“I don’t mean that type of crossover I think the word for that is opportunism,” he commented.
Meanwhile, Bulkan said his parliamentary responsibility is local government and he admitted that being a novice in politics there is much he would have to acquaint himself with in relation to the issue.
However, he said if as it professes, the PPP/C believes in democracy then meaningful local government is central to democracy since it offers a direct link between citizens and elected officials. The last time the country held local government elections was in 1994, and Bulkan said one of the reasons for the delay has been the need for local government reform which would allow for a deepening of the practice of local government.
He said that contrary to what the term ‘local’ government signifies, too much authority still resides with central government. The current local government legislation, he said, is deficient and needs to be addressed as a matter of priority if the country is to evolve. He mentioned the recent unilateral decision by Local Government Minister Ganga Persaud to transfer 19 overseers in Region 4 which he described as a “high handed” act and a “confrontational approach.”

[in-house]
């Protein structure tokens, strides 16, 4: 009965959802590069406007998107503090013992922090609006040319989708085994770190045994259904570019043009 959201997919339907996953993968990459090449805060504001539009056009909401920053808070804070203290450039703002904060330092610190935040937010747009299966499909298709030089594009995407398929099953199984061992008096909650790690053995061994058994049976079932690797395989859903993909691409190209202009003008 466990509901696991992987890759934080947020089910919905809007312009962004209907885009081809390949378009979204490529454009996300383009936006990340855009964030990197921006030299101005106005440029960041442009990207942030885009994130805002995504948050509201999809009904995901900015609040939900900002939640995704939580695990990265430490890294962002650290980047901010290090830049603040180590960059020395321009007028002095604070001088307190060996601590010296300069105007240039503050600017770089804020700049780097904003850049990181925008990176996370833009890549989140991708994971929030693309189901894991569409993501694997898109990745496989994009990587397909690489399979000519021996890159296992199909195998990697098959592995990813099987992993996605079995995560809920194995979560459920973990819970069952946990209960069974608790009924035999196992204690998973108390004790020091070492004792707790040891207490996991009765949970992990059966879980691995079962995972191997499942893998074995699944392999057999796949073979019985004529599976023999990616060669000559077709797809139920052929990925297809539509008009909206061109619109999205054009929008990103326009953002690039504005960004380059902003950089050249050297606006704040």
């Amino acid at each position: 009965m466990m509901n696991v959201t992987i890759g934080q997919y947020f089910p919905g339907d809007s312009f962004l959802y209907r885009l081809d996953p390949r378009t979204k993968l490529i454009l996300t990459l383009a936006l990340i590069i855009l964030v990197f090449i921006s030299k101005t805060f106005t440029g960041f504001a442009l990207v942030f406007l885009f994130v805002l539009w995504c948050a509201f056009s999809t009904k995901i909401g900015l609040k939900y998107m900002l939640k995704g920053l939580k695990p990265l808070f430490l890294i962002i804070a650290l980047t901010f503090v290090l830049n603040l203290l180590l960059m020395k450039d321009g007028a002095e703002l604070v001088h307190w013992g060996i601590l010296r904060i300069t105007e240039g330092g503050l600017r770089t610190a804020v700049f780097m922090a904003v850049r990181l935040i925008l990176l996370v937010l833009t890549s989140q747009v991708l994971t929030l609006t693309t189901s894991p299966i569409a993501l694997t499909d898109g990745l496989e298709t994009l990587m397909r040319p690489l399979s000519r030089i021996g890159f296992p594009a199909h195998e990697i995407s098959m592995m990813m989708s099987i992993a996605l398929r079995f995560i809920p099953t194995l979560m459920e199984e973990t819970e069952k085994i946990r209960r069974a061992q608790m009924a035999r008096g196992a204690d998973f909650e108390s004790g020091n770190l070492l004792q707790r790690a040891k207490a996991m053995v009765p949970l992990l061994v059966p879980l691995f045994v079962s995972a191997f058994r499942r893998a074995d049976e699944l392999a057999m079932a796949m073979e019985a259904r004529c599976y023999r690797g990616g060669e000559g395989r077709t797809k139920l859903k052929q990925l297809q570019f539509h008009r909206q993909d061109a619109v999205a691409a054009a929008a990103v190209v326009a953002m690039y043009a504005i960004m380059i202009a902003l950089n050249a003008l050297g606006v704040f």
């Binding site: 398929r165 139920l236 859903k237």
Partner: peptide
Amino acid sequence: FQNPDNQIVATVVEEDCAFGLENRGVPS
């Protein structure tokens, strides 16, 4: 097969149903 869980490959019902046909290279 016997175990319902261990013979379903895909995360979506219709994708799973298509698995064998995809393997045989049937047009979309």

Local government is a priority of the APNU and he would be looking at it as a matter of urgency, even though there has been broad consensus on the major areas by the political parties, although they have never reached the final step where the new legislation came into effect.
Bulkan has also been assigned Region Eight to conduct political work in collaboration with parliamentarian Desmond Trotman.
Bulkan has been married to Sattie Bulkan for the last 24 years and he gave credit to his wife for bringing stability to his life. Their union has produced two children, George and Nadia, and his son was a candidate for the APNU at the last elections. And Bulkan dislikes the predilection of many Guyanese for “jumping queues” which is practised by motorists who refuse to stay in their designated lanes, and in public buildings were persons ignore the rule in order to get ahead.
“It is a mindset that I wish less Guyanese have; it is too prevalent and it is something I must confess that is an annoyance… These little acts lead to other things and lead to a breakdown in a larger sense,” he said.
He is allergic to dust and some fragrances which trigger asthmatic attacks, and today regrets his addiction to horse-racing in his youth during the period when he should have been focused on his education.
“It is something that in admitting I would want to discourage any young person from similarly pursuing”; the only activity they should pursue, he said, is education, “because education is the single most important determining factor in personal development and in social mobility.”